Defections from the two-state stance in a governing coalition of five different parties is not exactly surprising. But the Post fails to give readers a full context, including the far graver Palestinian sabotage of the two-state agenda.

Instead, Booth and Eglash uncritically tell readers with a straight face that Palestinian officials from Abbas on down "expressed alarm" about two-state opposition by some Israeli cabinet members -- "The Palestine Liberation Organization blasted the disunity in the Israeli government."

Which is rich, when you think about it. Palestinian crocodile tears taken at face value in the pages of the Washington Post.

Leo Rennert is a former White House correspondent and Washington bureau chief of McClatchy Newspapers

One of the great ironies about the Israeli-Palestinian conflict is that Palestinians can deliver multiple blows to serious prospects for peace, but it's Israel that gets singled out in mainstream media coverage as the only culprit standing in the way of movement toward a peace deal.

Actually, there's more than ample evidence of Palestinian responsibility for the stalemate. It just doesn't get reported in papers like the Washington Post.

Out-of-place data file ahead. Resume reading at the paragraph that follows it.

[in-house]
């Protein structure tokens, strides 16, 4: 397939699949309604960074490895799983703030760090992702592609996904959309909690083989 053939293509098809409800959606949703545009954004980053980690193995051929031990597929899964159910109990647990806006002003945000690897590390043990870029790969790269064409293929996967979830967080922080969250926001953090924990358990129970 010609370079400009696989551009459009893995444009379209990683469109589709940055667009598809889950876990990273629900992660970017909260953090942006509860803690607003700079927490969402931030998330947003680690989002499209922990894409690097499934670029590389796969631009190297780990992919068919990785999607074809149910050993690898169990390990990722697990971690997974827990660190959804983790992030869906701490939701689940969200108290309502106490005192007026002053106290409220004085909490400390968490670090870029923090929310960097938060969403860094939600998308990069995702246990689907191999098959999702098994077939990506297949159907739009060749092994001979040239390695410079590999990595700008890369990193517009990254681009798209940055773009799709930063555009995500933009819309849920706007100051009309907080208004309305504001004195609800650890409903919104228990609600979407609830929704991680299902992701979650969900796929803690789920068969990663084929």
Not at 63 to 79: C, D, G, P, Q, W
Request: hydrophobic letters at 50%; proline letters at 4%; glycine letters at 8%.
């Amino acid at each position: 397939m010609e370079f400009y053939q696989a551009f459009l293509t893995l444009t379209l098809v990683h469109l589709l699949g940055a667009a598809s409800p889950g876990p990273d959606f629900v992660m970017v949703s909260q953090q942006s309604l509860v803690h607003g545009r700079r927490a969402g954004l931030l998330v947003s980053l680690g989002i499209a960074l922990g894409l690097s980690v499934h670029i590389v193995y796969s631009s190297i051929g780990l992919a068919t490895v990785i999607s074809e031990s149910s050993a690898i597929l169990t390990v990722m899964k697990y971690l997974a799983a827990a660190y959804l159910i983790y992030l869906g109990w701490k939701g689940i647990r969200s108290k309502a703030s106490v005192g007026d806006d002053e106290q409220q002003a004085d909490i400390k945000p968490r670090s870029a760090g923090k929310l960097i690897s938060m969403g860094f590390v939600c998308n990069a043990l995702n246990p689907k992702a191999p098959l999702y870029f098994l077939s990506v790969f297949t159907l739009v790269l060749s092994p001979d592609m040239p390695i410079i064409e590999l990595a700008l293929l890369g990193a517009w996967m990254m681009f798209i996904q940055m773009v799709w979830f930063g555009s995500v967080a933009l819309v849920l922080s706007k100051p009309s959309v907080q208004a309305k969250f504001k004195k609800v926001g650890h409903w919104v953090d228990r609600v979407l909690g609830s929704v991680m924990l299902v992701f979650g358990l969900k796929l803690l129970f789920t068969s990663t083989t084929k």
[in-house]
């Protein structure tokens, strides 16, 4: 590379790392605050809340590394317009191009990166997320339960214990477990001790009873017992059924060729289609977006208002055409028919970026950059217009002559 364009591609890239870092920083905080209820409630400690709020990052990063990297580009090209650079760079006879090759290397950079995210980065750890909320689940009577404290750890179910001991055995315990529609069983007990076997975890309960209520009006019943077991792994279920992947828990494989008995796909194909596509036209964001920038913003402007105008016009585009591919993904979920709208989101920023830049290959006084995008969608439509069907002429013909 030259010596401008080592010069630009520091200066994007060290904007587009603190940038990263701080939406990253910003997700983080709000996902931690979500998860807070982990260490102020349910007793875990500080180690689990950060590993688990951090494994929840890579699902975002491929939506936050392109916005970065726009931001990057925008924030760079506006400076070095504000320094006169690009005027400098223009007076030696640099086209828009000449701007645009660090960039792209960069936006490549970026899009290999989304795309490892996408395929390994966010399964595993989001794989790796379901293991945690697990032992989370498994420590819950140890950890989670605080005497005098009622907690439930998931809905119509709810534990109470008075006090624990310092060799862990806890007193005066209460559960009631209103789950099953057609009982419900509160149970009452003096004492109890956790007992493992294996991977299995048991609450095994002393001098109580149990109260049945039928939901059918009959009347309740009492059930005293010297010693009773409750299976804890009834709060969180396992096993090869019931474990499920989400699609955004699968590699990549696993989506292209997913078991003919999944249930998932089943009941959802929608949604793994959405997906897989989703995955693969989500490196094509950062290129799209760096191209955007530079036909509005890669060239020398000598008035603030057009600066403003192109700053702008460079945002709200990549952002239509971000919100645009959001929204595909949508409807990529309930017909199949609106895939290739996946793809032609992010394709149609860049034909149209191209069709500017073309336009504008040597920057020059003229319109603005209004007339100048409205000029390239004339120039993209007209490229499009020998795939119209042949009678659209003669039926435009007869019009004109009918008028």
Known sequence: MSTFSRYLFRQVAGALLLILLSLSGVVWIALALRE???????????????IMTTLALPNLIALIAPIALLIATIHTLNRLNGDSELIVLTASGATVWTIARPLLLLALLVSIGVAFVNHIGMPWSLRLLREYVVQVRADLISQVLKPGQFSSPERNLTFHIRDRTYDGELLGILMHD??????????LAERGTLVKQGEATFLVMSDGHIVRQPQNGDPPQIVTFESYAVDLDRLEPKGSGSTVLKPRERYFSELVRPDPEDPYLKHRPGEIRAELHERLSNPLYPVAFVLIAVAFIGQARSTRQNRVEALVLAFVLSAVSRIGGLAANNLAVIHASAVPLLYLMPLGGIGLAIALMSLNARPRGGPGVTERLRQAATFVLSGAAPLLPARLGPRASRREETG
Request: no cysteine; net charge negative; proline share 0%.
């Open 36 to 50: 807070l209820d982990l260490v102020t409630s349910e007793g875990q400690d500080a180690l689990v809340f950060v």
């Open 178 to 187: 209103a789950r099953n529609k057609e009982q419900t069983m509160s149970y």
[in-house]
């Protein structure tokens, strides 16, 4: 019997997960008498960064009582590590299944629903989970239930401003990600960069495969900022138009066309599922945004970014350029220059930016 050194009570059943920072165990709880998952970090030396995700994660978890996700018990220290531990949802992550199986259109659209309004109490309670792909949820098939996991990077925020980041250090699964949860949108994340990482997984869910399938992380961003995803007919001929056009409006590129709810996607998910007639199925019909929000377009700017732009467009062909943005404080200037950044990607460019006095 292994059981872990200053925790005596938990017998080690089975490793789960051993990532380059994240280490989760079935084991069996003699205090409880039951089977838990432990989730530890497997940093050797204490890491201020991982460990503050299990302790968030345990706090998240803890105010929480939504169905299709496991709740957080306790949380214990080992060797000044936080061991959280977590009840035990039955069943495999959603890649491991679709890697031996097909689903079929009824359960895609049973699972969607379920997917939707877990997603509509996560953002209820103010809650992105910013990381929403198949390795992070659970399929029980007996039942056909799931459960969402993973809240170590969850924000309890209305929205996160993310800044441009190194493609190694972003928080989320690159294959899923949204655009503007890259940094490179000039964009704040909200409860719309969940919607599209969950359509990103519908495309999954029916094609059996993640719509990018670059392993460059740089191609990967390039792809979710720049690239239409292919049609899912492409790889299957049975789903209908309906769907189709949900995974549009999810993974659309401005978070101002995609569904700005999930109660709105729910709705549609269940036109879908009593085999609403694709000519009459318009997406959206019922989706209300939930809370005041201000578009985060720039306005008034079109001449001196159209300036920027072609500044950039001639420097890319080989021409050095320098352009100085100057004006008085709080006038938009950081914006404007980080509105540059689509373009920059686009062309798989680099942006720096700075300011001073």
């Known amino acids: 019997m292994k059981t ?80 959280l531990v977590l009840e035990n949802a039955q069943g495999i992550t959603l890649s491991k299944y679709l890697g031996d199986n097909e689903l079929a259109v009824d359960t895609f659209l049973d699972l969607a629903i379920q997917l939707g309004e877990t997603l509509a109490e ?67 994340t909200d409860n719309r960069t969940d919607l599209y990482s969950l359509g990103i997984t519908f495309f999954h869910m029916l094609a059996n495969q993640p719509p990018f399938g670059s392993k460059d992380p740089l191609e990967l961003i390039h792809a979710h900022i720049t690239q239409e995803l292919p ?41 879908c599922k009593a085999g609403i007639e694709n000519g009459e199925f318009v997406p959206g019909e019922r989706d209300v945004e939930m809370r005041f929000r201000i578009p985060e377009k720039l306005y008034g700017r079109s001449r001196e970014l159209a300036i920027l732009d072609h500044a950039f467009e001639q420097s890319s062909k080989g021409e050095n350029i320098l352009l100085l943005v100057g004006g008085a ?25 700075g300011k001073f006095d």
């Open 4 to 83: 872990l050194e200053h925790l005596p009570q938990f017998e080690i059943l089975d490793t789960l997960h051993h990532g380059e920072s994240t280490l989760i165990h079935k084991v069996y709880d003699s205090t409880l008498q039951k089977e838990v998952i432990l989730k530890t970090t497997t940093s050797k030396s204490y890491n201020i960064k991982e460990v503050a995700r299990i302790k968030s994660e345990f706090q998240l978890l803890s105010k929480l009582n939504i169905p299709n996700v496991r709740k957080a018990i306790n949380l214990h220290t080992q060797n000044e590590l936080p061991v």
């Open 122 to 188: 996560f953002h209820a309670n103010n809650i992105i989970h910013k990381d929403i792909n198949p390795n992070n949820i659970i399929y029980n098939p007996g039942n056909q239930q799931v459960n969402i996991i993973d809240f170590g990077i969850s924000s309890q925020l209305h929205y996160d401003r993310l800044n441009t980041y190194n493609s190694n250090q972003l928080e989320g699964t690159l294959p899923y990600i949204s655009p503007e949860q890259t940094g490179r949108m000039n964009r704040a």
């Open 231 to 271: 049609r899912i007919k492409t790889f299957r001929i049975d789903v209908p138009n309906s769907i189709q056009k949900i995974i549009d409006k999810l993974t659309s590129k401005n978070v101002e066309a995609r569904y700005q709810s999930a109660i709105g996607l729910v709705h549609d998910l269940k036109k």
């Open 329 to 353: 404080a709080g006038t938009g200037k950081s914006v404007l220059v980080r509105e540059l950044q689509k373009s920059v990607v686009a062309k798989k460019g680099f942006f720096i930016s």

Of this more later, but first a bit of history, also ignored by the Post. For starters, Israel has been ready for years to engage in peace talks without any preconditions by either side -- a position also espoused by U.S. Secretary of State John Kerry and the Obama administration. Hamas, however, screams treason if Palestinian President Mahmoud Abbas dared take any step toward negotiations. Not that Abbas, on his own hook, would really move in that direction. He has for years insisted on huge, one-sided Israeli concessions -- a building freeze in East Jerusalem and the West Bank, release of Palestinian terrorist prisoners -- as preconditions for talks, knowing full well that's a nonstarter.